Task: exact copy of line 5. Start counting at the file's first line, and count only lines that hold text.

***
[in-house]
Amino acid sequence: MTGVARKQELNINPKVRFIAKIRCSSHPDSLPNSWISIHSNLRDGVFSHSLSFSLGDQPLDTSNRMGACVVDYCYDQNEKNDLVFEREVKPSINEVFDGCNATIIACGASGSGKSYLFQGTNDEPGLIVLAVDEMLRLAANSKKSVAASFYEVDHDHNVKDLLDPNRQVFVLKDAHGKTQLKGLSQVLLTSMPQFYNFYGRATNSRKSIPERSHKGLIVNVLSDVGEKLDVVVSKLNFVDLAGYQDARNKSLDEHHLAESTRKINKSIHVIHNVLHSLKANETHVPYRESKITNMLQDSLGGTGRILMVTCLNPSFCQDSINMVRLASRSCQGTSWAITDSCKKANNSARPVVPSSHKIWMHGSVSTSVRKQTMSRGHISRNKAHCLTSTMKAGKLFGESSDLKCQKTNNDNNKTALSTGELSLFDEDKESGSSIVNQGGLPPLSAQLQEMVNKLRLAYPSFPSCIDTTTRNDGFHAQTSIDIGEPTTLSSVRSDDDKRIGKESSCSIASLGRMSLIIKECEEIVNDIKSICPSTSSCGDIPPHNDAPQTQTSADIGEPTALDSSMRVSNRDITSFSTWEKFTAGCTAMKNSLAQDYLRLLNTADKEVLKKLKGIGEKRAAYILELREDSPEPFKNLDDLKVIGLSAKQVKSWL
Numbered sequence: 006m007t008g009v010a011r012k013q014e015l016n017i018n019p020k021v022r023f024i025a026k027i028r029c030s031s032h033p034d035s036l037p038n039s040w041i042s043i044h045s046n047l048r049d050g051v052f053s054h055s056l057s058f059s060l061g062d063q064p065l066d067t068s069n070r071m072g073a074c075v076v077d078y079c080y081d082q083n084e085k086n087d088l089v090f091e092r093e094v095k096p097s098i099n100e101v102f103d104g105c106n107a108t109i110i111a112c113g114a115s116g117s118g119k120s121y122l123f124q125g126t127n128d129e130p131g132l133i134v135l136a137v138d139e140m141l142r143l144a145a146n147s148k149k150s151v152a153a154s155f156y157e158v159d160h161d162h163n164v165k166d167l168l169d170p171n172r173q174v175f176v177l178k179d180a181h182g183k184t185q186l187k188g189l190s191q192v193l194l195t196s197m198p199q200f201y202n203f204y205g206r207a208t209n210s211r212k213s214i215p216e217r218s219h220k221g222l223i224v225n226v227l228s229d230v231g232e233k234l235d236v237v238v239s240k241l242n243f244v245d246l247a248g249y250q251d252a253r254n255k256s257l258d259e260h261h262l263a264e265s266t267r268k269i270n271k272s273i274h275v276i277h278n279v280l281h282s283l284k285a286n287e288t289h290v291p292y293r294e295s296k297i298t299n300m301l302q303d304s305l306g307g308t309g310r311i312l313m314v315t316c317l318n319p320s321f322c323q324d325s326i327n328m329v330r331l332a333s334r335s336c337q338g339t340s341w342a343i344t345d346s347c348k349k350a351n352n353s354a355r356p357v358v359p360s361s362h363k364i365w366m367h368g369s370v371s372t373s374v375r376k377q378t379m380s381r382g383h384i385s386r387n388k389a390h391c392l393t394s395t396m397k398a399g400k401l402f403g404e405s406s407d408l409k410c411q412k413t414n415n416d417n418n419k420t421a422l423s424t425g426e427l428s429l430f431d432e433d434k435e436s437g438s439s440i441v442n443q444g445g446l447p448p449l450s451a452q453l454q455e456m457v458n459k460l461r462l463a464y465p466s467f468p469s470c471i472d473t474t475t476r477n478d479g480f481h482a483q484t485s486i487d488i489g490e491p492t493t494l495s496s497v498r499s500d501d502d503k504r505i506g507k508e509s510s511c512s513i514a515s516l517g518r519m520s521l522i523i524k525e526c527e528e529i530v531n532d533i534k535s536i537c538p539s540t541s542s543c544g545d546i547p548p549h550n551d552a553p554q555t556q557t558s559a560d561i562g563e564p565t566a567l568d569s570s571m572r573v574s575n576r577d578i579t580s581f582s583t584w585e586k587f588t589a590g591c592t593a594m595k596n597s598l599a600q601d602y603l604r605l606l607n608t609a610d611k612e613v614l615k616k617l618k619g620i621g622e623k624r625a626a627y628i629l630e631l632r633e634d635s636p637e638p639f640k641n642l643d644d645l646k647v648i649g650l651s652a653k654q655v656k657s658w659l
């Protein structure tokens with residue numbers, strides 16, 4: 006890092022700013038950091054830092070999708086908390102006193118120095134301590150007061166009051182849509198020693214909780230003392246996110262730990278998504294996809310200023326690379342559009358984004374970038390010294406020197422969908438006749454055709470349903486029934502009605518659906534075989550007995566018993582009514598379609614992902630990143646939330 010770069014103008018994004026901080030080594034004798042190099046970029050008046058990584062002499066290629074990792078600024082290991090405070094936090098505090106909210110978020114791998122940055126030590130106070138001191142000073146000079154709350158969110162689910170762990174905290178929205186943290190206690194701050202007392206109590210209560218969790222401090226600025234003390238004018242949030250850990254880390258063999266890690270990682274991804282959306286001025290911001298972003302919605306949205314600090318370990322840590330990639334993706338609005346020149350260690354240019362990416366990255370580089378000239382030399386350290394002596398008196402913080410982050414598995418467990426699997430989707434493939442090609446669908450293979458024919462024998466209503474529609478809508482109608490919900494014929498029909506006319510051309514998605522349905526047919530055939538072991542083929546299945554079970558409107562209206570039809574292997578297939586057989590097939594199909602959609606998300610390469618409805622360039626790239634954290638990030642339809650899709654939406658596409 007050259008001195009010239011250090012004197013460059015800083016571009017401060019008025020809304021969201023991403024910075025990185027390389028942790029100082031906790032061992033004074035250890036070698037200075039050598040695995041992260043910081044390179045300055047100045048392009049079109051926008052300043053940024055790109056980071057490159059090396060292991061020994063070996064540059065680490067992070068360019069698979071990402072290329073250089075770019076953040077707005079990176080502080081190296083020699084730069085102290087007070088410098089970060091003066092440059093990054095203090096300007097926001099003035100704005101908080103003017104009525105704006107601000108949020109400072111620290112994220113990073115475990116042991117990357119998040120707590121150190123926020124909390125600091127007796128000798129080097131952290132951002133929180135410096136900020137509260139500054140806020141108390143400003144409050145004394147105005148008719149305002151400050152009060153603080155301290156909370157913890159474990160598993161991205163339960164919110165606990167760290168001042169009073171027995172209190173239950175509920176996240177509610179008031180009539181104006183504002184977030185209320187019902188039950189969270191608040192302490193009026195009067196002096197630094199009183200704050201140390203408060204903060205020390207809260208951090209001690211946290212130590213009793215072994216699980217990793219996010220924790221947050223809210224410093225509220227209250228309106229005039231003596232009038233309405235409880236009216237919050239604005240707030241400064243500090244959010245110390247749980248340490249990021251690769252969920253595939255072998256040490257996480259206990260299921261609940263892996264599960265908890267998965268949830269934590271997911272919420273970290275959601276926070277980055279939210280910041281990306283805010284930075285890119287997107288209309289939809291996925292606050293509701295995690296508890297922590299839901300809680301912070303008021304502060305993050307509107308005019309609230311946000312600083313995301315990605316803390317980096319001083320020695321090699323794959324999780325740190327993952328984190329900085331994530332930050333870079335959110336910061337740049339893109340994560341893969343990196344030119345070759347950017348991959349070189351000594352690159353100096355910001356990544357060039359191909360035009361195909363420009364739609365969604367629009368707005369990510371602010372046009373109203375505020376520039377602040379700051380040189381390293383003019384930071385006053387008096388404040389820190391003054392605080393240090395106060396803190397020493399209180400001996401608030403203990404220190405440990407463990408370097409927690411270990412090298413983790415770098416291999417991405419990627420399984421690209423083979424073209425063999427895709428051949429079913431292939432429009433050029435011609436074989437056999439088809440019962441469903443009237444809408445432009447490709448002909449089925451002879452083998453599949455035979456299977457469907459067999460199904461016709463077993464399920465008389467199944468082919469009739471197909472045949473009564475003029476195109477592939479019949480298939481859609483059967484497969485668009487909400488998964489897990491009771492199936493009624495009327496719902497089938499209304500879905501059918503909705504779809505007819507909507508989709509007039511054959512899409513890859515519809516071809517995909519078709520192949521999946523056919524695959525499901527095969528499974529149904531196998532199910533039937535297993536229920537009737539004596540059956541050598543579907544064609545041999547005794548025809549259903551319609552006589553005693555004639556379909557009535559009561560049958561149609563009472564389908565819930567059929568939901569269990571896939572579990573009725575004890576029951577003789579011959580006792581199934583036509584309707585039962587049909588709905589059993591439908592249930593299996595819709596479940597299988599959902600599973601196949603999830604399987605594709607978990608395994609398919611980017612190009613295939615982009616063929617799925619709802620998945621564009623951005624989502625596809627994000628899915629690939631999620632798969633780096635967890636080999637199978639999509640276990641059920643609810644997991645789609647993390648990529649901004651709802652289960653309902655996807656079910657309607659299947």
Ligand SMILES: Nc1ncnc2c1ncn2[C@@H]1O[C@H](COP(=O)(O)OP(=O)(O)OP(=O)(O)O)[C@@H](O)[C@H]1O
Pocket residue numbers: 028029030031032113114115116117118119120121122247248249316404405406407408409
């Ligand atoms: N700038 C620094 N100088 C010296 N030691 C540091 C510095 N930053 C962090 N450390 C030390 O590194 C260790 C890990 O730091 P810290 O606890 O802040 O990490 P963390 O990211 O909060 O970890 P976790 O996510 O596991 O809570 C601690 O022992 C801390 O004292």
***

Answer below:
Ligand SMILES: Nc1ncnc2c1ncn2[C@@H]1O[C@H](COP(=O)(O)OP(=O)(O)OP(=O)(O)O)[C@@H](O)[C@H]1O